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Keeping time in the lamina terminals: Novel oscillator properties of forebrain sensory circumventricular organs

Research output: Contribution to journalArticle (Academic Journal)

Original languageEnglish
Article number201901111R
Pages (from-to)974-987
Number of pages14
JournalFASEB Journal
Issue number1
Early online date28 Nov 2019
DateAccepted/In press - 15 Oct 2019
DateE-pub ahead of print - 28 Nov 2019
DatePublished (current) - 3 Jan 2020


Drinking behaviour and osmotic regulatory mechanisms exhibit clear daily variation which is necessary for achieving homeostatic osmolality. In mammals, the master clock in the brain’s suprachiasmatic nuclei (SCN) has long been held as the main driver of circadian (24 h) rhythms in physiology and behaviour. However, rhythmic clock gene expression in other brain sites raises the possibility of local circadian control of neural activity and function. The subfornical organ (SFO) and the organum vasculosum laminae terminalis (OVLT) are two sensory circumventricular organs (sCVOs) that play key roles in the central control of thirst and water homeostasis, but the extent to which they are subject to intrinsic circadian control remains undefined. Using a combination of ex vivo bioluminescence and in vivo gene expression, we report for the first time that the SFO contains an unexpectedly robust autonomous clock with unusual spatiotemporal characteristics in core and non-core clock gene expression. Further, putative single cell oscillators in the SFO and OVLT are strongly rhythmic and require action potential dependent communication to maintain synchrony. Our results reveal that these thirst-controlling sCVOs possess intrinsic circadian timekeeping properties and raise the possibility that these contribute to daily regulation of drinking behaviour.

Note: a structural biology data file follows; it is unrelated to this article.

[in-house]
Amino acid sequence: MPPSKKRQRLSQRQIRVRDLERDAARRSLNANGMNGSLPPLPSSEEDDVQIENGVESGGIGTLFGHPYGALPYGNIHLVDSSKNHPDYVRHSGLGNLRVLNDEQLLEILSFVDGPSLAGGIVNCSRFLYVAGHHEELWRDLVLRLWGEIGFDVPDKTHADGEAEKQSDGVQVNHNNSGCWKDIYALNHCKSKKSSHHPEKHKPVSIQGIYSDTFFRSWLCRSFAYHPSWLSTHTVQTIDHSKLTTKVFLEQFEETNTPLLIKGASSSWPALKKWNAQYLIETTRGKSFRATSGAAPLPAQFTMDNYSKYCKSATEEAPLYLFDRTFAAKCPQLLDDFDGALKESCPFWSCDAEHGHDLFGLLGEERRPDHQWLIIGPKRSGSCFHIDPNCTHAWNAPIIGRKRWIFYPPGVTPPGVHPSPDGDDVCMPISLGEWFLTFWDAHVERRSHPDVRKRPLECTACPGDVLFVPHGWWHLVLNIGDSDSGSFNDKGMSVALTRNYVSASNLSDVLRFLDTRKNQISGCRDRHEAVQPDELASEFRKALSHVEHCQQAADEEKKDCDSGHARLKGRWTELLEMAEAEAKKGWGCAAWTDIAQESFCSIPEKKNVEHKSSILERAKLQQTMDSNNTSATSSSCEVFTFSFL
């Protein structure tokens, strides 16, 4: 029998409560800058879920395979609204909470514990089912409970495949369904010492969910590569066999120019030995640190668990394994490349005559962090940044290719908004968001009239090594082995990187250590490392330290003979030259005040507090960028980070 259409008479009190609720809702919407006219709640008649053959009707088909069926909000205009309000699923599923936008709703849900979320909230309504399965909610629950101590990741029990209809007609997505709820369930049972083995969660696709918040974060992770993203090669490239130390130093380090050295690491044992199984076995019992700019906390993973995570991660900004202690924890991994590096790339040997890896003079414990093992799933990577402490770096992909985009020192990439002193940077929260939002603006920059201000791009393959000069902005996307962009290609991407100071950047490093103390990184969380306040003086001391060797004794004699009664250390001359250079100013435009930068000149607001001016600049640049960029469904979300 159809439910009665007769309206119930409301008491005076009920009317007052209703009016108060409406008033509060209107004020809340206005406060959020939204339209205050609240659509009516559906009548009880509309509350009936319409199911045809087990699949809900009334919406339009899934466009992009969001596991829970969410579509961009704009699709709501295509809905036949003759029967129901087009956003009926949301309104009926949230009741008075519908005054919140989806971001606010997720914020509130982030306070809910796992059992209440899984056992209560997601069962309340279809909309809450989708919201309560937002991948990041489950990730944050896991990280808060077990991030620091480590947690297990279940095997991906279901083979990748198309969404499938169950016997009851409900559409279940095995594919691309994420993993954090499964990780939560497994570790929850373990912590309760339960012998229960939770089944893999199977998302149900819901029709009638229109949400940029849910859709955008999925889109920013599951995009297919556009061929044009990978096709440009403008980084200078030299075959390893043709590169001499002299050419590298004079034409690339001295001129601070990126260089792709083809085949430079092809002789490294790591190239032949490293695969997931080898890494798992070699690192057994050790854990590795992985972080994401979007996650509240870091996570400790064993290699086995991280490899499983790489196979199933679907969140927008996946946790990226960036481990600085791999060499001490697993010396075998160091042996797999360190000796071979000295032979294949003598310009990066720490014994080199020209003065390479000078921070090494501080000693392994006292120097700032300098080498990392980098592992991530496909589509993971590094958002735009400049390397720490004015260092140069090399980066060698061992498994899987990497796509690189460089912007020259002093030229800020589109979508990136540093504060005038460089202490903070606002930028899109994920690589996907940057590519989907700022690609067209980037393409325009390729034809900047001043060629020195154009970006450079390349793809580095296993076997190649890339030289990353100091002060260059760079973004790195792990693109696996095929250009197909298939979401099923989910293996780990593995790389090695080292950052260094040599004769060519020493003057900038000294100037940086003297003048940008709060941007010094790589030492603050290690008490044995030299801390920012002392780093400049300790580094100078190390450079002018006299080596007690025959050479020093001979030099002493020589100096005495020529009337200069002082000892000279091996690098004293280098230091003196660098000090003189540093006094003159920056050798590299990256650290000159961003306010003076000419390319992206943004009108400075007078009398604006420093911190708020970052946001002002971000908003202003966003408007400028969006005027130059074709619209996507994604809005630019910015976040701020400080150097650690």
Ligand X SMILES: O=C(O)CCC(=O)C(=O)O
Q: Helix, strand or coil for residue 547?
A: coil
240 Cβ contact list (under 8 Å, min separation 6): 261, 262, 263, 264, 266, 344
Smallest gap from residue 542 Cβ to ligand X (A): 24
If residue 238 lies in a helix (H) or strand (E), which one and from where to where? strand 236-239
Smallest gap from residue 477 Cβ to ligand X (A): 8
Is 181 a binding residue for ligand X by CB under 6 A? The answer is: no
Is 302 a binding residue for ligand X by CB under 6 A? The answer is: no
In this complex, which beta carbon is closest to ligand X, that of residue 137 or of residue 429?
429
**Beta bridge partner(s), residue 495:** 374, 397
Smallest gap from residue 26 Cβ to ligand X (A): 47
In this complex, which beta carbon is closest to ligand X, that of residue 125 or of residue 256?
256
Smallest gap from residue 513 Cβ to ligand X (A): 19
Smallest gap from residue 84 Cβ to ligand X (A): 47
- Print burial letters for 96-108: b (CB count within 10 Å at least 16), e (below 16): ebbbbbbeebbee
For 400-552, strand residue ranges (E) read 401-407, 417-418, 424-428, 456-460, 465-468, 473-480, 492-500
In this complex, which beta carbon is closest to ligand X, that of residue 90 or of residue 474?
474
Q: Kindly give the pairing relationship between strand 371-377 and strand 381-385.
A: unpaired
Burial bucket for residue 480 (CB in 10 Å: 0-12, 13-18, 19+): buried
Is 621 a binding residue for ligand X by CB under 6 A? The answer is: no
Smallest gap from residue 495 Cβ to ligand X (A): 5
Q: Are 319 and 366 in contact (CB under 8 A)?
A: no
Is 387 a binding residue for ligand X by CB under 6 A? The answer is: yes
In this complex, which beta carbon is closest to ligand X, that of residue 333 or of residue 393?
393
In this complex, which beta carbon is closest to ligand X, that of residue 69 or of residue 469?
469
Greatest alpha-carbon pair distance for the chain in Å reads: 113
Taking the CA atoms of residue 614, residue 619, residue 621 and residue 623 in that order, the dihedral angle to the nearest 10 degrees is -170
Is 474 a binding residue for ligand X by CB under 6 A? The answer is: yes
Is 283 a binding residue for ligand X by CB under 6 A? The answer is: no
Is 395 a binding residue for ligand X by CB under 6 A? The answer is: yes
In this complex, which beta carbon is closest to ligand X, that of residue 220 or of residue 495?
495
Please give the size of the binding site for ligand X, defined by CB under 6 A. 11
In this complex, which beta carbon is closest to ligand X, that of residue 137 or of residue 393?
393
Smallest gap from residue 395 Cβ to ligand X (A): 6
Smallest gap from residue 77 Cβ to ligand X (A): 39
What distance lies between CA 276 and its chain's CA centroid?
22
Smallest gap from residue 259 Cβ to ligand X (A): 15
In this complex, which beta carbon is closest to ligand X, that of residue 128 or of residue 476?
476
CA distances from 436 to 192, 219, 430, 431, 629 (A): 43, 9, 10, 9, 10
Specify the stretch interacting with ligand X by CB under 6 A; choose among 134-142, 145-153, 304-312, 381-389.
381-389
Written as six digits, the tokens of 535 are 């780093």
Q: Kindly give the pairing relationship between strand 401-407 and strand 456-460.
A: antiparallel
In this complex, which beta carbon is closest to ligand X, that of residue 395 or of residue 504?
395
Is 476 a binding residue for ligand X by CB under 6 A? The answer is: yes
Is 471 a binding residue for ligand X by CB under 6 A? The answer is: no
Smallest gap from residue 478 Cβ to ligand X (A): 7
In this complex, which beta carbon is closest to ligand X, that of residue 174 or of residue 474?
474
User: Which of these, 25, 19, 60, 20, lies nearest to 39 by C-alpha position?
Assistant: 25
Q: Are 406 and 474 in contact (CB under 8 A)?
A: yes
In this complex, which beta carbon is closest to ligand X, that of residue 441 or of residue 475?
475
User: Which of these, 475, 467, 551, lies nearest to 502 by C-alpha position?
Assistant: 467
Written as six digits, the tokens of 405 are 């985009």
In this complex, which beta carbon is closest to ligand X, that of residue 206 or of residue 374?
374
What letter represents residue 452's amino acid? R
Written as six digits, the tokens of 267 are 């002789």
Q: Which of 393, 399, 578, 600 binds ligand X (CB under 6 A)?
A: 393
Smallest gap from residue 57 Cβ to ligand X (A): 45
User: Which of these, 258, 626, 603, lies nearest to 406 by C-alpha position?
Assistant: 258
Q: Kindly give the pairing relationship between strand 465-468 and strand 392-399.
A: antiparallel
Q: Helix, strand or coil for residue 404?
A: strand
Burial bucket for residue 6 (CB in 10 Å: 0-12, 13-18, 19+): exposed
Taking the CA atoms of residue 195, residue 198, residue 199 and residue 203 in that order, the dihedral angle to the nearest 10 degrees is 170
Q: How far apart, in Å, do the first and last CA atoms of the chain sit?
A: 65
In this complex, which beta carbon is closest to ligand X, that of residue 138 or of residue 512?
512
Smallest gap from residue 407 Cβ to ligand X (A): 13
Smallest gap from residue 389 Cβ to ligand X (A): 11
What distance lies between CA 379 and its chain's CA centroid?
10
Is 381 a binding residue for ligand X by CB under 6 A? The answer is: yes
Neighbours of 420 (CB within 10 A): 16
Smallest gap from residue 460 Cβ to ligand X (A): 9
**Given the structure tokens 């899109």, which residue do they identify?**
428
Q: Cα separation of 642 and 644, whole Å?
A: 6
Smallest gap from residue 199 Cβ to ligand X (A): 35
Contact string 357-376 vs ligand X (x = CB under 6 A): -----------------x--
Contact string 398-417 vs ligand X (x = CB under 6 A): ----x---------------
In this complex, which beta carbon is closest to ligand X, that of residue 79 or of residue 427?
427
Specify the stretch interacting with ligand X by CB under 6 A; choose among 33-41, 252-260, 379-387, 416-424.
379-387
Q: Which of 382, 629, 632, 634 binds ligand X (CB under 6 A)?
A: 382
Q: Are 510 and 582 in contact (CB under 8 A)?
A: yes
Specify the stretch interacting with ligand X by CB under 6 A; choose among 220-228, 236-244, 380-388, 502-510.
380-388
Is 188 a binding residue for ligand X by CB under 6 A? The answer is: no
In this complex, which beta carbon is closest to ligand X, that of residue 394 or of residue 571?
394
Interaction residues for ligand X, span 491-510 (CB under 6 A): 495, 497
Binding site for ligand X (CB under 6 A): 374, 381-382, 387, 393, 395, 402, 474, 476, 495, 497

Research areas

  • circadian, circumventricular organ, fluid balance, OVLT, SFO, suprachiasmatic

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